Inside, it wasn’t the driver’s car anymore, it belonged to them. They had paid for it, they owned it. So they would go on to put some millennial music, something with Young Thug in it, and the older driver would cringe the crass lyrics of fat booties twerking and seeping lean with hoes.
They would go on to sing along to him, the thug, roughening up their voices like his and having a wonderful time.
Then they’d reach the club and waste the night (and money) away in song and dance.
The boy stared deep into the stream, ruminating through his life and asking himself all the questions that mattered.
Will I really get a job after I am done with school?
Should weed surely be illegal?
Am I addicted to it?
Why does someone feel so hungry after smoking it?
Will writing pay off?
Am I even a good writer? Ha! I’m getting ahead of myself. Am I even a writer?
At what point does one refer to themselves as a writer?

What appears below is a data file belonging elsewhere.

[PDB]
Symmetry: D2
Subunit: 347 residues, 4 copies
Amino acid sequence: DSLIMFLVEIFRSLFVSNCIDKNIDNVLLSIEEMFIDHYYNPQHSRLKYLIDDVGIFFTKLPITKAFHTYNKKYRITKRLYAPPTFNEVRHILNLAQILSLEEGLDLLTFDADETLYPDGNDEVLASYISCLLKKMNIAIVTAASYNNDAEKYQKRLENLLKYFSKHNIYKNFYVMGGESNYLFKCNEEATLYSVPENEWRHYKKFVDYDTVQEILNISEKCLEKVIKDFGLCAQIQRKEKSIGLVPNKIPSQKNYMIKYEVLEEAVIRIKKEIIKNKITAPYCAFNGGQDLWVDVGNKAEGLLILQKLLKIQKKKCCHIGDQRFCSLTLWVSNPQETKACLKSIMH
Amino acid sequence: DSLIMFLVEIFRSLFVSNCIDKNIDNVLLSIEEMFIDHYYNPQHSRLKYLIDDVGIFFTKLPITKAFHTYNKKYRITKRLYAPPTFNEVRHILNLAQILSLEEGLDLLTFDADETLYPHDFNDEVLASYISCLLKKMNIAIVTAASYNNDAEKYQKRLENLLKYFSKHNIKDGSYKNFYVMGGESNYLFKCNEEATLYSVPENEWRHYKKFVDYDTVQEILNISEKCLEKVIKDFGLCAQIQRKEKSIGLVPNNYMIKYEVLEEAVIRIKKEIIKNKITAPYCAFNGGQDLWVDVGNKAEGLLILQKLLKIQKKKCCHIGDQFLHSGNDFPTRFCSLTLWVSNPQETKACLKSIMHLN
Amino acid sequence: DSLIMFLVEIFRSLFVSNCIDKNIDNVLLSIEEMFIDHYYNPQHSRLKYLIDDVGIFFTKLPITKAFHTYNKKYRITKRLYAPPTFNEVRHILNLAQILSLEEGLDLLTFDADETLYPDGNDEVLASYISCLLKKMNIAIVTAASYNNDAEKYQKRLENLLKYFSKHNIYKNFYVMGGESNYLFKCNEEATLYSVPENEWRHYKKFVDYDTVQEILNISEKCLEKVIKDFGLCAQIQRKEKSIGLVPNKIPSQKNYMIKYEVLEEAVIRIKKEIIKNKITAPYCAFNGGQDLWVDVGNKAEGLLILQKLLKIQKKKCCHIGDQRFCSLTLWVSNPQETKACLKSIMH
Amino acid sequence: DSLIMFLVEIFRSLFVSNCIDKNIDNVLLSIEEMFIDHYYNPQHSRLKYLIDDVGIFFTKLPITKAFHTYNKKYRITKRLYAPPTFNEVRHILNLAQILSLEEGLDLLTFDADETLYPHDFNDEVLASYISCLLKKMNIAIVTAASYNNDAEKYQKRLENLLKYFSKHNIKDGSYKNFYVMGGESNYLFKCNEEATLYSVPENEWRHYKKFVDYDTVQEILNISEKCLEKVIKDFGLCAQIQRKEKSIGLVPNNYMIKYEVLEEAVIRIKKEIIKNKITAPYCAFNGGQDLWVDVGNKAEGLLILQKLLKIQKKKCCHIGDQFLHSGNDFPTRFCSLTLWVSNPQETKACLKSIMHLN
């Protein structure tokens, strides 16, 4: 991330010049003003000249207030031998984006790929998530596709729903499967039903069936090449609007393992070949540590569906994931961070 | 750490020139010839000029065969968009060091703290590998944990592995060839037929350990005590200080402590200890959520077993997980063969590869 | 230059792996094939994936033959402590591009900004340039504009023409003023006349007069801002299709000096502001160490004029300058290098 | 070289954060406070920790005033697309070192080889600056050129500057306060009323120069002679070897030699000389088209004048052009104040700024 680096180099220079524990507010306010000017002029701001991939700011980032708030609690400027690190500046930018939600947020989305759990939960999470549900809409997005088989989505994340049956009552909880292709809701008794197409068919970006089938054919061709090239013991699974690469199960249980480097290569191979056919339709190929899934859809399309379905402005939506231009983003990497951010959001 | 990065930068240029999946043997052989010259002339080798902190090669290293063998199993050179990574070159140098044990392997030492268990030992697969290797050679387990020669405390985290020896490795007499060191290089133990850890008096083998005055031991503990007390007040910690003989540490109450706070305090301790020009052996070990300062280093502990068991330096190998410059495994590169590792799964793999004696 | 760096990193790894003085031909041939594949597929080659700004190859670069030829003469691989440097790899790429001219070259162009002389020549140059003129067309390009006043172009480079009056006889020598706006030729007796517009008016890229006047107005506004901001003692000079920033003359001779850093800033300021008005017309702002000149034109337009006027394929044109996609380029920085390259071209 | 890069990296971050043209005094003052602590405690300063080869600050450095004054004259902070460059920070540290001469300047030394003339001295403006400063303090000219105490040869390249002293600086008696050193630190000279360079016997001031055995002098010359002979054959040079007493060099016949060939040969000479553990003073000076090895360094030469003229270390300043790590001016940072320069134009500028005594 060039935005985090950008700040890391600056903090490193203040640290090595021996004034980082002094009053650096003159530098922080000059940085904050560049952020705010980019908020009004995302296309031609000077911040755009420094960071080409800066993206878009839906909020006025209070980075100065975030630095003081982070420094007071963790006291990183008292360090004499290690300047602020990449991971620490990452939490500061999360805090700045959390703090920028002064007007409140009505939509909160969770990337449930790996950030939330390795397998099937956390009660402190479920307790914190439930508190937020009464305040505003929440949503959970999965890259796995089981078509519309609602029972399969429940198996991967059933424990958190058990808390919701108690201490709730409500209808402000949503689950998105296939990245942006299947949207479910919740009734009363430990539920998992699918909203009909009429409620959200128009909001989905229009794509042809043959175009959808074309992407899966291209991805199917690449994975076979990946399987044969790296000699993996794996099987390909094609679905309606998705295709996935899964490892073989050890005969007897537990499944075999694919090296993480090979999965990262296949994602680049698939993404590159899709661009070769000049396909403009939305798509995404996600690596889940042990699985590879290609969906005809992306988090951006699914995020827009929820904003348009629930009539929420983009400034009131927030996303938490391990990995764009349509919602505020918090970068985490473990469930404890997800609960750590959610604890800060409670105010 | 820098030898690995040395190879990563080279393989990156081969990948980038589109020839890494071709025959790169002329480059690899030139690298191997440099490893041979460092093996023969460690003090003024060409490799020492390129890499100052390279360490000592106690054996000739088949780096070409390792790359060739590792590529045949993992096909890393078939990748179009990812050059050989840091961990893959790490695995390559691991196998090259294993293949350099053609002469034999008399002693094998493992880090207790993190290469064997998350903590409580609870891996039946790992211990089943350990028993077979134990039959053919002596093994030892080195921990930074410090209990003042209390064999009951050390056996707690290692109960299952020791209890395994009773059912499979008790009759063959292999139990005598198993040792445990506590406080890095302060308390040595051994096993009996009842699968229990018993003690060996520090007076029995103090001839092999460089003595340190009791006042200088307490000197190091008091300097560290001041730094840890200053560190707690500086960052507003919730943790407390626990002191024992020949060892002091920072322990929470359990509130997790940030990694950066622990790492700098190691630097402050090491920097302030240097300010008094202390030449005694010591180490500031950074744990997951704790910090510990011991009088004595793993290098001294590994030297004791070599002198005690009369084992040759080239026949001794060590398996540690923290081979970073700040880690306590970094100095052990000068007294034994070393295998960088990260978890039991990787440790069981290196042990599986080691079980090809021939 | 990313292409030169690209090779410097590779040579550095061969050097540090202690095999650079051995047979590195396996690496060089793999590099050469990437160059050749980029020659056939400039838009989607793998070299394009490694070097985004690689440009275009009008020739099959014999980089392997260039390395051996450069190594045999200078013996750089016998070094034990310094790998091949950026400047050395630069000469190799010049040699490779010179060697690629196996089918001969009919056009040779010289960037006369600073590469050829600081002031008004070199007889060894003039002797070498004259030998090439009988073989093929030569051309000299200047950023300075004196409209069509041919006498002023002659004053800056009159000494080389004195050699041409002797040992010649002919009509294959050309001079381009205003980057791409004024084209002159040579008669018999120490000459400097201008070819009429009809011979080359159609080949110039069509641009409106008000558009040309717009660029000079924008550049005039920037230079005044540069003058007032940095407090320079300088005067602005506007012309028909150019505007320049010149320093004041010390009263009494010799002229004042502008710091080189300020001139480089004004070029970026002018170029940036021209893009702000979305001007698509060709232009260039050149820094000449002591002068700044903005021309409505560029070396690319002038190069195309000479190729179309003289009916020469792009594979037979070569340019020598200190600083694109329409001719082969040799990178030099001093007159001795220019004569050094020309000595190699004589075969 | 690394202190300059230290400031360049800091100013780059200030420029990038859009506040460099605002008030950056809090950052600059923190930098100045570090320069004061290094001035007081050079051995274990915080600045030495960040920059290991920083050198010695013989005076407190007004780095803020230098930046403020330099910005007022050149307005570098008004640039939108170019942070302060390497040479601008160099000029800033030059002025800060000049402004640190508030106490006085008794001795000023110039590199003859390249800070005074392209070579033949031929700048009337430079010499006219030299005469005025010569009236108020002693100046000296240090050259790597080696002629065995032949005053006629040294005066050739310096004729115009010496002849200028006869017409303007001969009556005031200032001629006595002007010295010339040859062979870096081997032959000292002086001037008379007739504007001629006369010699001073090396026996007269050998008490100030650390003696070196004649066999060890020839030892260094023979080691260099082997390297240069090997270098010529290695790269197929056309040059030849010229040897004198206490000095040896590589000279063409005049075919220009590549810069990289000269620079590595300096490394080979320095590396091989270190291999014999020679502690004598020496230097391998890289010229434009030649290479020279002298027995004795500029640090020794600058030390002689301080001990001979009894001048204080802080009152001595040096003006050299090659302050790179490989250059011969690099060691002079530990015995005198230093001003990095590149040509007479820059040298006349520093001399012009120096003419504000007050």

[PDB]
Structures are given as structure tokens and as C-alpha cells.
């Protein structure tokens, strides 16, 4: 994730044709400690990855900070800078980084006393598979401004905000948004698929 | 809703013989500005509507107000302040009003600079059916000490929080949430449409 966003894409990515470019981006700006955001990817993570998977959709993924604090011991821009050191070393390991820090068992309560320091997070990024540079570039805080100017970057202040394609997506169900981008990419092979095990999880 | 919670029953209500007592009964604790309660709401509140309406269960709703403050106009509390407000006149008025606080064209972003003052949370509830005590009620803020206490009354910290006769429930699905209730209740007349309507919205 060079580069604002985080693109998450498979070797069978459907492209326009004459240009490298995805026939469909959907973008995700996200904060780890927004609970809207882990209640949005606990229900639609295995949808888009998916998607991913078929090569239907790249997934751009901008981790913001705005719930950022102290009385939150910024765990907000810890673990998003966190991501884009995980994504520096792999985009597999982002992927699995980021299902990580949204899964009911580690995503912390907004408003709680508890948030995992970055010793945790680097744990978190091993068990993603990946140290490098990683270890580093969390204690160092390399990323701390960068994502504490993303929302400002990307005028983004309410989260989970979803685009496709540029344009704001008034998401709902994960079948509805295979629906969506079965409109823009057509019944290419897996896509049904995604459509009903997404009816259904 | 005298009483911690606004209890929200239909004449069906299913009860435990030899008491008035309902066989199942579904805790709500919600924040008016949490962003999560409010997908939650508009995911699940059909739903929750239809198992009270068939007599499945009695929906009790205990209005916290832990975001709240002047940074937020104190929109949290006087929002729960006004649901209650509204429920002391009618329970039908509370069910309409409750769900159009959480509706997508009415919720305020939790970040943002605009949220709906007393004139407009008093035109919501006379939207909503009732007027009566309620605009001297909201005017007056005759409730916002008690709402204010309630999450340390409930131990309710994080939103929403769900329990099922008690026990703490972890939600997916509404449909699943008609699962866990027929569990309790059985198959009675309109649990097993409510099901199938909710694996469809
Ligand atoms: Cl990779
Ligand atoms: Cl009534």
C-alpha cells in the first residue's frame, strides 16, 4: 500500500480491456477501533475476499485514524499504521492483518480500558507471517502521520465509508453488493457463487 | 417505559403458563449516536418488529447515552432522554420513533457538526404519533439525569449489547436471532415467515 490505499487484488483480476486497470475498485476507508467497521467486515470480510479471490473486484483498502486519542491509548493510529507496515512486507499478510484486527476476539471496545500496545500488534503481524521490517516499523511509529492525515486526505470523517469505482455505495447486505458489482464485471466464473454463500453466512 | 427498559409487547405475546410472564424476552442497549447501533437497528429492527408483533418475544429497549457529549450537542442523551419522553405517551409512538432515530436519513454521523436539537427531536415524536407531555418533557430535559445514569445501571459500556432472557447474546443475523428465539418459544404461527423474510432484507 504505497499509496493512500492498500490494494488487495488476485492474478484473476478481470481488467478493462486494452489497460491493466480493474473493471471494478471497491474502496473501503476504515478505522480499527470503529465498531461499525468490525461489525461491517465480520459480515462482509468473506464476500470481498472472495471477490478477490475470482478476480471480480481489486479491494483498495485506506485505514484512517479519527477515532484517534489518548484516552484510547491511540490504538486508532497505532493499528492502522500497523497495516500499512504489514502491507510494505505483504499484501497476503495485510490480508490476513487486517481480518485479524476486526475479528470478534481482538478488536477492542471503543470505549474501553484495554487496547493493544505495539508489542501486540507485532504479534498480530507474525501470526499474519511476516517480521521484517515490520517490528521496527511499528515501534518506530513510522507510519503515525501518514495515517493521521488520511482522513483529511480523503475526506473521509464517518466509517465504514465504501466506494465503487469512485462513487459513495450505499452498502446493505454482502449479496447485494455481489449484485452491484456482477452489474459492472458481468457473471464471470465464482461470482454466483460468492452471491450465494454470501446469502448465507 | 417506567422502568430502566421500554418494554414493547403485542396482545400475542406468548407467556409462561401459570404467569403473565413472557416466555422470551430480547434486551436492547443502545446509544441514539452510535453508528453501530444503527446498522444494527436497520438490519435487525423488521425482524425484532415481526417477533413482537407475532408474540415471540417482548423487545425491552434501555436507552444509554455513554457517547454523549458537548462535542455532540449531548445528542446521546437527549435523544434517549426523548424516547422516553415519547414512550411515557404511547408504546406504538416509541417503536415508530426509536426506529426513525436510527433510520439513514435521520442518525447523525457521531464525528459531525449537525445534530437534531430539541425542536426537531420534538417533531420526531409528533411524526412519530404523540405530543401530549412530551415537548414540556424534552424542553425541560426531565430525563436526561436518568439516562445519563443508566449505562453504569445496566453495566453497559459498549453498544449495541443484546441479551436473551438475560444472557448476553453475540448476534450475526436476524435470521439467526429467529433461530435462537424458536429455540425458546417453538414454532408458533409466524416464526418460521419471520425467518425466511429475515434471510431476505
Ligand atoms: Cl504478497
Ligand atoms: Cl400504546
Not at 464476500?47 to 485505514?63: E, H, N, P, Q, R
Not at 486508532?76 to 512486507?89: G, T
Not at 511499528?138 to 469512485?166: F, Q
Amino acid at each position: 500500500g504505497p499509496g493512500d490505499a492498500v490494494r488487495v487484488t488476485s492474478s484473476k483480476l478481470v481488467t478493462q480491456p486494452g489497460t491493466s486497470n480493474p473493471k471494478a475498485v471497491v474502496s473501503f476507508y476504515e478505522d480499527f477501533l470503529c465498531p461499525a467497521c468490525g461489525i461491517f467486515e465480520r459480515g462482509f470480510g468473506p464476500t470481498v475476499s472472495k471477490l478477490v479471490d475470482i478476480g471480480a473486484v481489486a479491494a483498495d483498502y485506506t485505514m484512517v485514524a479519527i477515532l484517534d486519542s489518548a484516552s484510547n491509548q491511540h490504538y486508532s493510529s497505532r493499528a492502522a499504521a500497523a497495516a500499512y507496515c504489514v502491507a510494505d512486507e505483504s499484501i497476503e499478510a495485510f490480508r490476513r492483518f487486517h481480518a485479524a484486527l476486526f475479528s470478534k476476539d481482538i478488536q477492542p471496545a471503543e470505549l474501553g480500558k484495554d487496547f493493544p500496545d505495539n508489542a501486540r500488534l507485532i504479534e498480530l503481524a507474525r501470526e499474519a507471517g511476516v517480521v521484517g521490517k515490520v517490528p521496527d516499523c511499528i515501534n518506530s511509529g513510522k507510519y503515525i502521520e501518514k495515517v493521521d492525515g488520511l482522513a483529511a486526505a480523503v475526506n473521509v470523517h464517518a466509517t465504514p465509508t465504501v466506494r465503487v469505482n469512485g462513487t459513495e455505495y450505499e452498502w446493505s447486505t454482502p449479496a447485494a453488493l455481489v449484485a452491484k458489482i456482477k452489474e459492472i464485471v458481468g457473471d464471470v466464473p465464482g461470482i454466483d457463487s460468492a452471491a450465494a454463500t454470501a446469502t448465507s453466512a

Chapo girl who not-so-secretly had a crush on him would break him out of his thoughts, “Chapo zako ziko ready, ndio hizi,” always accompanied by a lovely smile.
She had alluring brown eyes that made him uncomfortable. He had never looked into them for too long because they made him feel invaded. He felt like she’d see into his empty marijuana-filled soul and he was never the type to show his insecurities. Other than that, she was a pretty girl with a light Kikuyu accent and a reassuring smile. She looked even prettier when she would push and hold back braids that had fallen loose as she mixed the dough.